Title: DIGITAL ELECTRONICS
Catalog Description: EE 432 Digital Electronics (3+0+0)
Basic waveshapes and fundamentals of digital electronics. Principles of
Metaloxide Semiconductor (MOS) transistor, operation of MOS inverters and
gate curcuits (NMOS, CMOS). Principles of bipolar junction transistors
(BJT), operation of BJT inverters and gate circuits (TTL, ECL), semiconductor memories. Prerequisite: EE 334
Coordinator: Yasemin P. Kahya, Professor of Electrical Engineering
Goals: This course is designed to give seniors in electrical engineering an ability to comprehend and analyze the design and operation of digital integrated circuits with the CMOS as the dominant IC technology. The working knowledge of different technologies is presented addressing the transistor-level design issues.
At the end of this course, students will be able to:
Explain and design basic inverter circuits using MOSFET, CMOS and BJT technologies.
Compare different logic families, their operation characteristics and IC structures.
Describe the operation of different load devices in MOS inverters and simple timing and power calculations.
Explain the static design issues such as gate sizing for NANDs, NORs, and complex gates in CMOS technology.
Describe capacitance calculations in CMOS gates.
Calculate CMOS gate switching times and explain gate sizing for optimal delay using logical effort.
Describe and compare TTL and ECL logic families.
Textbook: David A. Hodges, Horace G. Jackson, Resve A. Saleh, Analysis and Design of Digital Integrated Circuits, 3rd ed., Mc Graw Hill Book Company, 2004.
Reference Text: Thomas A. DeMassa, Zack Ciccone, Digital Integrated Circuits, John Wiley & Sons Book Company, 1996
Prerequisites by Topic:
Frequency-domain analysis techniques
Multi-stage amplifiers and their frequency response
Basic skills in PSpice
1. Basic waveshape and digital electronics fundamentals ( 1 Lecture Hour )
Metal-Oxide Semiconductor (MOS) Transistor Fundamentals ( 7 Lecture Hours )
Structure and Operation of the MOS Transistor
Threshold Voltage of the MOS Transistor
First-Order Current-Voltage Characteristics
Velocity-Saturated Current Equations
Capacitances of the MOS Transistor (thin-oxide capacitance, pn junction capacitance, overlap capacitance)
Operation of MOS Inverters ( 8 Lecture Hours )
Static NMOS Inverter Analysis
Transistors as Load Devices: Saturated Enhancement Load; Linear Enhancement Load
CMOS Inverter Analyis
Static MOS Gate Circuits ( 10 Lecture Hours )
CMOS Gate Circuits (gate sizing, fanin/fanout, VTC)
Complex CMOS Gates
XOR and XNOR Gates
Flip-Flops and Latches (SR latch, JK fip-flop, JK master-slave flip-flop, JK edge-triggered flip-flop, D flip-flop and latches)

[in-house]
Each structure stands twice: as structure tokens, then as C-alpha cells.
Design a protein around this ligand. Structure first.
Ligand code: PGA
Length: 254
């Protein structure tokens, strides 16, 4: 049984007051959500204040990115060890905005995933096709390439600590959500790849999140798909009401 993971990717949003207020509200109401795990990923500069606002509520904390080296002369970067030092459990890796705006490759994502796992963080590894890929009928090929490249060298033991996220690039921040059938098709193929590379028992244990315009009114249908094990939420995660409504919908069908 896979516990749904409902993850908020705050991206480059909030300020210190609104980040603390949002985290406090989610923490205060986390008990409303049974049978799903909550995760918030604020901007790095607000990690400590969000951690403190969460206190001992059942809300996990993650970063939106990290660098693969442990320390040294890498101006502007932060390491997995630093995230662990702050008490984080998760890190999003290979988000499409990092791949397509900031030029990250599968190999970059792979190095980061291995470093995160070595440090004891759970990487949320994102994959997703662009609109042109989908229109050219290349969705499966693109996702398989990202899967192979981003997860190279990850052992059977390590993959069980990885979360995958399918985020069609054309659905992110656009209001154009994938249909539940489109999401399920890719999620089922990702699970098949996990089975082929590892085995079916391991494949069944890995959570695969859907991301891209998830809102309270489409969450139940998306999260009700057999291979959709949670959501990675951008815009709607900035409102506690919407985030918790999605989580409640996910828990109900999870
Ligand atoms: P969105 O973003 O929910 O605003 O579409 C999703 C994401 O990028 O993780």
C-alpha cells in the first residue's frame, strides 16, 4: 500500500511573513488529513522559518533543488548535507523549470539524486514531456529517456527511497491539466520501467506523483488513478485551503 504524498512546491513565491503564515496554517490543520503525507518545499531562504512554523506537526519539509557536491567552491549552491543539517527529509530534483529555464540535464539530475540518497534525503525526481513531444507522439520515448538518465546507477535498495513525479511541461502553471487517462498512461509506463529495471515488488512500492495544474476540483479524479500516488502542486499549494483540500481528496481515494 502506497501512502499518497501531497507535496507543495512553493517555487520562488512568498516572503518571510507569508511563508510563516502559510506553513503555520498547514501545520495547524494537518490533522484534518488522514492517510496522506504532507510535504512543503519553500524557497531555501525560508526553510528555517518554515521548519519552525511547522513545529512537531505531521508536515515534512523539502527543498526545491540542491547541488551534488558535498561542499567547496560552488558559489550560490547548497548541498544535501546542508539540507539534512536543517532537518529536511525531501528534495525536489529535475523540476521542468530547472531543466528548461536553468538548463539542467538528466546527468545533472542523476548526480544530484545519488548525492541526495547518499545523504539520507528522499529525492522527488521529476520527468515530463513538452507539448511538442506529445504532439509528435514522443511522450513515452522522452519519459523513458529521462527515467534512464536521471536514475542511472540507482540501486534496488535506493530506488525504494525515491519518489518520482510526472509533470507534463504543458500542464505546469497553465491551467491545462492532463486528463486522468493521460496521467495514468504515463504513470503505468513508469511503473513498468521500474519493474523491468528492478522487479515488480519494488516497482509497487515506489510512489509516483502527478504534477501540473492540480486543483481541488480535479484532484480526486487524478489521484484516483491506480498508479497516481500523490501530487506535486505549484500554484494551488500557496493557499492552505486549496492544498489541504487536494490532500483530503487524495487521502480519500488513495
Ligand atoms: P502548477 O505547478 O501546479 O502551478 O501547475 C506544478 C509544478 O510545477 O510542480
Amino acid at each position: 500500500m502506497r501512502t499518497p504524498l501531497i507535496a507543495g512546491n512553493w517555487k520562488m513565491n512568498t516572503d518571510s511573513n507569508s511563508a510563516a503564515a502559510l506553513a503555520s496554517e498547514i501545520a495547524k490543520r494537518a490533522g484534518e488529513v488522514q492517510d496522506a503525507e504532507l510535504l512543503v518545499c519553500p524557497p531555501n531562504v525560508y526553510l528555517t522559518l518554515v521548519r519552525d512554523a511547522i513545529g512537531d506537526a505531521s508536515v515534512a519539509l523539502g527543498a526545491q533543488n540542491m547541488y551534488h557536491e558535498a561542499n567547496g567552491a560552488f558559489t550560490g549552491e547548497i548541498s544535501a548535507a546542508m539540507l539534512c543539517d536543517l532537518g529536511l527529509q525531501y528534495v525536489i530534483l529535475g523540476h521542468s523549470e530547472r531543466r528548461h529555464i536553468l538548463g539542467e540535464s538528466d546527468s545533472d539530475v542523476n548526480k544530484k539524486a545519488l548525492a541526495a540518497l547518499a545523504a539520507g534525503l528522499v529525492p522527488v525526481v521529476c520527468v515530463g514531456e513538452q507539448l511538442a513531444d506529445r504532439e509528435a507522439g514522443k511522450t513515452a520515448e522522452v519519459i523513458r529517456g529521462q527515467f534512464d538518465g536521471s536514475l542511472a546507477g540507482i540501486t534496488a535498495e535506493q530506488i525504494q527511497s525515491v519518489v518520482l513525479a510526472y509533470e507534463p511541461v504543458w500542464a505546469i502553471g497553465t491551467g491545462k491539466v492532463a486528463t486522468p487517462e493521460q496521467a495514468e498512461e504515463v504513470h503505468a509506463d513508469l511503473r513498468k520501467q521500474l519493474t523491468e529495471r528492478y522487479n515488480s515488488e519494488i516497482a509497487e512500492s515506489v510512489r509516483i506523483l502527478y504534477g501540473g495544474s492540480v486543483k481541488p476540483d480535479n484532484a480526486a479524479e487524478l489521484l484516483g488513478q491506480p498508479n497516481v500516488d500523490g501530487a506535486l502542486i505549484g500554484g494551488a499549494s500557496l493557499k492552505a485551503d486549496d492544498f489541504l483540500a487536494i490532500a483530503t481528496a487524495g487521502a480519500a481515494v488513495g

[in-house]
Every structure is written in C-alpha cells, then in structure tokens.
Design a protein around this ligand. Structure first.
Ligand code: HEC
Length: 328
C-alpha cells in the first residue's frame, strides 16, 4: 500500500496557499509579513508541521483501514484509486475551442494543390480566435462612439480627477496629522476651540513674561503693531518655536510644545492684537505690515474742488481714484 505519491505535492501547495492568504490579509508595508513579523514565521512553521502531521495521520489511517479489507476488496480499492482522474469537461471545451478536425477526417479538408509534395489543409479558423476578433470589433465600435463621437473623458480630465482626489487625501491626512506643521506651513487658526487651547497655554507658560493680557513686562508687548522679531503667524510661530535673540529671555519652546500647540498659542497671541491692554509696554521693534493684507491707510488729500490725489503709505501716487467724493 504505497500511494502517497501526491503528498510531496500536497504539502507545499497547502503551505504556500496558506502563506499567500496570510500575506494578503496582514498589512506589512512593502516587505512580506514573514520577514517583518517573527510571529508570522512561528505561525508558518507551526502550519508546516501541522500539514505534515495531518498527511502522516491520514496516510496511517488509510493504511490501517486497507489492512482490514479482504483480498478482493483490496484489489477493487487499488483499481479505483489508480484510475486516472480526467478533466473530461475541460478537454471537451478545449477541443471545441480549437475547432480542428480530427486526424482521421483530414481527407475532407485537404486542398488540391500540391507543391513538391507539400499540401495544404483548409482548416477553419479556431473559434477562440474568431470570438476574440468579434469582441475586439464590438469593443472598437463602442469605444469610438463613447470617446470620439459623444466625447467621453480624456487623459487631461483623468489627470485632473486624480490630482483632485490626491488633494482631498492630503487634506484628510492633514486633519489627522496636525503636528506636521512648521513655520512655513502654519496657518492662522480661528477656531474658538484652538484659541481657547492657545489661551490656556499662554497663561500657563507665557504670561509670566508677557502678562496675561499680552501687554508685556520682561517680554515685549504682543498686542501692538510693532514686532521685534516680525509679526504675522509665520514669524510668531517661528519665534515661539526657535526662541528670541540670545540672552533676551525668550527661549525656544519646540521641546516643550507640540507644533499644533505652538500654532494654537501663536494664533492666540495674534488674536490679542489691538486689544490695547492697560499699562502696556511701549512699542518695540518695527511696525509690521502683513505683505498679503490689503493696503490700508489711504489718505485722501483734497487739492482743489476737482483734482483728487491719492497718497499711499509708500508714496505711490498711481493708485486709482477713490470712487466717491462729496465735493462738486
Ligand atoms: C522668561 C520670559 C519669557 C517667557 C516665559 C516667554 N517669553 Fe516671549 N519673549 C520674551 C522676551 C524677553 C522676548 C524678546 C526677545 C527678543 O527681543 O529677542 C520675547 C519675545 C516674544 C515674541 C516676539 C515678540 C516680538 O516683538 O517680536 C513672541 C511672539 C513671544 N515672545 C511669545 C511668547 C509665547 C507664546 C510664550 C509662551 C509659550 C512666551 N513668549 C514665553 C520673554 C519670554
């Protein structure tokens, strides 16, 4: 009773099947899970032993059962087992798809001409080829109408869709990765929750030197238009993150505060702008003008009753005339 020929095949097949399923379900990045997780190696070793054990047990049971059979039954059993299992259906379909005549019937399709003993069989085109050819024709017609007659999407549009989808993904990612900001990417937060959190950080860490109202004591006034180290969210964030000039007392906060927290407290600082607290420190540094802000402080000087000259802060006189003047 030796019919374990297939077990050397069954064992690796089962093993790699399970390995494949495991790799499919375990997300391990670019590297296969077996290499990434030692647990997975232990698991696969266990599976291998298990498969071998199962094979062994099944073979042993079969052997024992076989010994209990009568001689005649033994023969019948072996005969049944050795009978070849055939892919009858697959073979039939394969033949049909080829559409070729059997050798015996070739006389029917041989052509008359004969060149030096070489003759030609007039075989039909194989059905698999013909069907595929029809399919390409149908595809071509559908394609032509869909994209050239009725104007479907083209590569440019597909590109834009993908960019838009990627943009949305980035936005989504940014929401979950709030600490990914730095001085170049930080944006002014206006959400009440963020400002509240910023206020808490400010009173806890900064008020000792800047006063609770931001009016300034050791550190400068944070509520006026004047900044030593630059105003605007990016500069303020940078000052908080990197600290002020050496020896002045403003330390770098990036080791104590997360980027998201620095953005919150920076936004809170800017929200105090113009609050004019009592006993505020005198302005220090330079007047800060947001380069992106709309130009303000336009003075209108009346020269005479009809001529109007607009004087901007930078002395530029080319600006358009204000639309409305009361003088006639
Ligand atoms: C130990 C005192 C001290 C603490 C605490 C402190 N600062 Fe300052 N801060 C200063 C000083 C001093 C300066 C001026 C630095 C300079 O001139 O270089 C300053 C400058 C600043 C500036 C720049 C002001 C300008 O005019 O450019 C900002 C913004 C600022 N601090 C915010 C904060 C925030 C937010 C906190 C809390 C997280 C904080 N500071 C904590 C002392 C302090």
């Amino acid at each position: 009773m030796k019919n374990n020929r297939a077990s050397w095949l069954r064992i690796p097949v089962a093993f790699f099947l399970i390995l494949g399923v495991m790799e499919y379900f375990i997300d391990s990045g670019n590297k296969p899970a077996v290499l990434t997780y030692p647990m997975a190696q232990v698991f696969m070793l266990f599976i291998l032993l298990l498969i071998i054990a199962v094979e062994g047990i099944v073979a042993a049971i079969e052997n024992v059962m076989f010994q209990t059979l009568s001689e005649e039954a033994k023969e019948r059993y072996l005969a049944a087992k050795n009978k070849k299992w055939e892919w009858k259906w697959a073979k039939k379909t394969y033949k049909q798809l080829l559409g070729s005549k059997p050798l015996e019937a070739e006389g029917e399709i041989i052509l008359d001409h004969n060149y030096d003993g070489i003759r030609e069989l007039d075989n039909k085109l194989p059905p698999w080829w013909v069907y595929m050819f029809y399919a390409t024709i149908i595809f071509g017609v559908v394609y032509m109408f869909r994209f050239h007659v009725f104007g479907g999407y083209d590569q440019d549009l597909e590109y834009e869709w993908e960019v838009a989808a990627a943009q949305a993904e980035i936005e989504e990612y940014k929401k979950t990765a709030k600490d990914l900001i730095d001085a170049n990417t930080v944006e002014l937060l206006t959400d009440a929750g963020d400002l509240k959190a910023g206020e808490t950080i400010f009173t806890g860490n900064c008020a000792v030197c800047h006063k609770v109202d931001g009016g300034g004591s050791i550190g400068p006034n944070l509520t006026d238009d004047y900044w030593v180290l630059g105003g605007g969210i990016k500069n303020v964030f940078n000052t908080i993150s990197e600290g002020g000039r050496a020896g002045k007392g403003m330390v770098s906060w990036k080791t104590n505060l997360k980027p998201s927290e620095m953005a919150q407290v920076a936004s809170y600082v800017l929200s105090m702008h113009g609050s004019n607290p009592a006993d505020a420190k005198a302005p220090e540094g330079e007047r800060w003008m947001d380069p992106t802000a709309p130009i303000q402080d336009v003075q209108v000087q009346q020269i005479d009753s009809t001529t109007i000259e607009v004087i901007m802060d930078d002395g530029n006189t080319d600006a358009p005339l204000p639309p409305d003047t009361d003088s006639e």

Power Dissipation in CMOS (dynamic and static)
High-Speed CMOS Logic Design ( 9 Lecture Hours )
Switching Time Analysis (gate sizing)
Load Capacitance (fanout gate capacitance, self-capacitance, wire capacitance)
Gate Sizing for Optimal Path Delay
Optimizing Paths with Logical Effort (logical effort, branching effort, sideloads)
Bipolar Digital Gate Circuits ( 4 Lecture Hours )
TTL: Standard, Schottky-Clamped
ECL: 10K Series
Course Structure: The class meets for three lectures a week, each consisting of 50-minute sessions. 4-5 sets of homework problems are assigned per semester. There are two in-class mid-term exam and a final exam. There is one PSpice assignment for circuit realization.
Computer Resources: Students are given assignments based on PSpice to realize different logic family circuits.
Laboratory Resources: The PSpice project is carried out in the computer laboratory.
1. Two Midterms ( 20% X 2 = 40% )
2. Final ( 40% )
3. Weekly Homework Assignments and Quizzes ( 10% )
4. One homework assignment using SPICE simulation program ( 10% )
(a) Apply math, science and engineering knowledge. This course is about general digital electronic circuit principles and applications using different logic families. Different tools from mathematics (differential equations, complex variables) in frequency domain analysis as well as from sciences (physics) in device modeling and engineering (electronics) in circuit analysis and design are heavily drawn upon during lectures, homework sets, exams and PSpice assignments.
(c) Design a system, component or process to meet desired needs. Designing digital circuits using different logic families constitute an important component of course material. The design approach is further reinforced in Pspice assignments which involve designing digital circuits using different families.
(g) Ability to communicate effectively. Students are required to write a laboratory report on their PSpice assignments and part of the grade is based on the writing style, technical content and presentation quality.
(k) Use of modern engineering tools. Students use PSpice for their homework and project assignments.
Prepared By: Yasemin P. Kahya